The bunker is also envisioned to have a fish pool, while a separate room houses a garden with phyto-equipment, where one can grow vegetables and fruits. There is also a separate room for medical care, with an isolator and a closed area for storing stocks of medicines, and another room for walking pets.
The rest of the cavernous hideout also has minimal, strikingly bare interior design. Its two vast master bedrooms comprise sleeping areas, an enclosed storage area and a lavish bathroom. The terrestrial master bedroom ‘Mickey’ is a bare, calm space, a Kaws figurine placed above the bed along with dark KHMARA clouds from Serhii Makhno, “which never rain” hanging overhead. “If you pay attention to the architecture, you will notice the lack of sharp angles - the shape of the room is almost cylindrical. This technique is not often used in terrestrial architecture, but here it immediately helps us to create the illusion of infinity, as if the walls just do not exist,” says Makhno.
A stone garden sits at the opposite of the bed, separated by a highly sensitive screen-window, the view of which can be changed from a snow-capped mountain range to a lazy morning street in Kyiv, at the touch of a button on the control panel of the Smart Home system. One can also open the window to let in a light breeze accompanied by the smell of freshly cut grass. How these underground plants are being watered or receiving natural ventilation, is still up for question though.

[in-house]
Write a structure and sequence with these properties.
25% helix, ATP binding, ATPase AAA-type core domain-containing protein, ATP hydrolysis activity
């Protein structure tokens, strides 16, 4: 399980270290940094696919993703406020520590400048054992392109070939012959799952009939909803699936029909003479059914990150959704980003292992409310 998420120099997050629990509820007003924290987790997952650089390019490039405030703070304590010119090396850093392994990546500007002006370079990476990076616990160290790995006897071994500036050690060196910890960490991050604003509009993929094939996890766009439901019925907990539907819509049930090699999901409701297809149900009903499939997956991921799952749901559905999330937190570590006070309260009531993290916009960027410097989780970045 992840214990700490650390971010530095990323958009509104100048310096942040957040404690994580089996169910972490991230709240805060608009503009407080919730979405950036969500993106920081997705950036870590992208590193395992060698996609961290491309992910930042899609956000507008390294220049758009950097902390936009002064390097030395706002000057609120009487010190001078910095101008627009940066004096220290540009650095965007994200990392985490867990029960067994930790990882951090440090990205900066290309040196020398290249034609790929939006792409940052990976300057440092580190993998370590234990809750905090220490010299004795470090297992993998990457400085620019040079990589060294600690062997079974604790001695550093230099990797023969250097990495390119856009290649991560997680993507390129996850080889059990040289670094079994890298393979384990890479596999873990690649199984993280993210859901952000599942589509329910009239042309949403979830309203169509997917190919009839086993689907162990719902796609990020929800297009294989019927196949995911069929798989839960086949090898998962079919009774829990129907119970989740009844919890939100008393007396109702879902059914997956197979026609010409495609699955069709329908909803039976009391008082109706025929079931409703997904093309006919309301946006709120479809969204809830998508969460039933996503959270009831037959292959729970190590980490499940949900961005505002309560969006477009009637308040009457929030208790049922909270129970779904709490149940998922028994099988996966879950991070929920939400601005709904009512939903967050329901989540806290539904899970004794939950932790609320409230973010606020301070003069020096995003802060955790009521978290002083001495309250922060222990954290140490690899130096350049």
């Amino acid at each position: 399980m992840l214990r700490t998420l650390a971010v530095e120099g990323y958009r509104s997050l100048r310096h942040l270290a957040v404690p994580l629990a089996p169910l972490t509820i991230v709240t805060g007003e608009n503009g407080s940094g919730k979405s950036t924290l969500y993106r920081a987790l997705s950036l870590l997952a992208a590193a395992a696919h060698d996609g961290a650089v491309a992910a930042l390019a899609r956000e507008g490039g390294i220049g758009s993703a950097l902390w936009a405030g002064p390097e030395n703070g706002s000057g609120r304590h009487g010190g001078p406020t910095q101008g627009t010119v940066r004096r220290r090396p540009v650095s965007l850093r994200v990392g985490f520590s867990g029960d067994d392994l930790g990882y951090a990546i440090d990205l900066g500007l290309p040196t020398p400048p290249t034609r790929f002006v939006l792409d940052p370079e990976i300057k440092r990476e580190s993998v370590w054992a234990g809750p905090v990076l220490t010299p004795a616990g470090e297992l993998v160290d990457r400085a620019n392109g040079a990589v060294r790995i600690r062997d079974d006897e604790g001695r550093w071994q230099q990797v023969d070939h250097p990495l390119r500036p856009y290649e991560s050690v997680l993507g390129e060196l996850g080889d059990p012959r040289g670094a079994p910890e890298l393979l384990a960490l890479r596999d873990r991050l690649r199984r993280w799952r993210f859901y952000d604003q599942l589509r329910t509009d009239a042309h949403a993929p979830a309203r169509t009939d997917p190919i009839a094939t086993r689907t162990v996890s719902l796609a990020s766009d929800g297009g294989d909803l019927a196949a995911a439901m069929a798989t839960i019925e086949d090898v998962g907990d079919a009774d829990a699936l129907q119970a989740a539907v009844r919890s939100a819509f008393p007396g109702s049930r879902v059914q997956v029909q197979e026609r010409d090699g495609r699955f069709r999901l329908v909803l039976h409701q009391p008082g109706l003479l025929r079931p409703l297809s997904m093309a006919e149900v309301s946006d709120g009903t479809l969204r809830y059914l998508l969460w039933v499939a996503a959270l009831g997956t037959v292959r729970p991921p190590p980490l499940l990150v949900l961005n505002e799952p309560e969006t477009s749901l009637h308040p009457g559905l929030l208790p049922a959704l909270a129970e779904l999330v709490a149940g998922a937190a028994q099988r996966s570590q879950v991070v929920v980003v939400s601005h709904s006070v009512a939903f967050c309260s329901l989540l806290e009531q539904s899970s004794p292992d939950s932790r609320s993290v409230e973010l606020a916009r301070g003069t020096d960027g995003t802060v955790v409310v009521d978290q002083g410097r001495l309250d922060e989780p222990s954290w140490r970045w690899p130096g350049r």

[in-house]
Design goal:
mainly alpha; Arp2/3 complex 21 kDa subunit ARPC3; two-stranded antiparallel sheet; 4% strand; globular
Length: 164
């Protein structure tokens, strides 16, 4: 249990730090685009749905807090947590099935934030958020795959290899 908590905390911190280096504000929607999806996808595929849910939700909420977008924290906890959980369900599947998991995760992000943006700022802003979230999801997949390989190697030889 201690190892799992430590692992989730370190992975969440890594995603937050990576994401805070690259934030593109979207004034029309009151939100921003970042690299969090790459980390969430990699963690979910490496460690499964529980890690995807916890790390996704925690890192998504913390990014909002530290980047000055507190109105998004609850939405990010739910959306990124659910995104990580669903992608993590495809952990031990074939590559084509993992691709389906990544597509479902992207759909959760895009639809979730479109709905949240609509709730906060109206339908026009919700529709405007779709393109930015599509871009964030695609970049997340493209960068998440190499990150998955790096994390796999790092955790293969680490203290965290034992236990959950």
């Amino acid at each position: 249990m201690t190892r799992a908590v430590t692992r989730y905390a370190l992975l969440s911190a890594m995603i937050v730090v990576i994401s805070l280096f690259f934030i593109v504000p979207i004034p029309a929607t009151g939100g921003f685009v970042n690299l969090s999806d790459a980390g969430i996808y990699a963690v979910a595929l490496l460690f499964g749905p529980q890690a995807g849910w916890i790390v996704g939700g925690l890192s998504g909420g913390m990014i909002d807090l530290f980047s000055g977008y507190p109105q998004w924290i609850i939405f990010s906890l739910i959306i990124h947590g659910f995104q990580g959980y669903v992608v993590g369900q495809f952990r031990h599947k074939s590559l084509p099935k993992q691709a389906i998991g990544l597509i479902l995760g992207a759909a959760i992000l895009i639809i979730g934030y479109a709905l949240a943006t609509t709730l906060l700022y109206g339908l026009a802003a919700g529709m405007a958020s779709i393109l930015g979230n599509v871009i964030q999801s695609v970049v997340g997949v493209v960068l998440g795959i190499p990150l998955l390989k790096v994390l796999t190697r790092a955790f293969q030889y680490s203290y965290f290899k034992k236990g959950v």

Master bedroom ‘Ivy’ is also a massive bedroom where stainless steel makes an appearance, dividing the space into sleeping, storage and shower area. Sergey Makhno Architects involved a play of layered lights in the domed ceiling of this room, fitting it with an LED system that gives an illusion of a stretched sky above the inhabitant’s heads. The empty space stands for calmness and stillness, decorated by quiet ivy strands that grow sans sunlight.
The roomy kitchen is downright professional in its stainless steel surface settings and here too, one can see the bulbous KHMARA clouds, chrome Tetrapods and an imitation green wall. Techno green lighting accompanies the gym spaces that are placed near the pool area. A Zen like meditation room features a small, faux water body in its centre, reflecting the simulated sky on the ceiling. All of the residential design, with its bare and flowy surfaces create a feeling of infinite lightness, according to the architects.
"This project is a reflection on the continuation of human life under any circumstances, and an attempt to find an answer to the question of whether architecture can create the impression of life at the surface while being in its depths," concludes Serhii Makhno.
Name: Plan B
Area: 2,280 sqm
Architect: Sergey Makhno Architects
Design team: Sergey Makhno, Olha Sobchyshyna, Oleksandr Makhno, Ihor Havrylenko, Maryna Hrechko, Oleksandr Bokhan, Serhii Filonchuk, Tatiana Vakula, Maria Fedko, Daria Sushko
Visual design: Ihor Havrylenko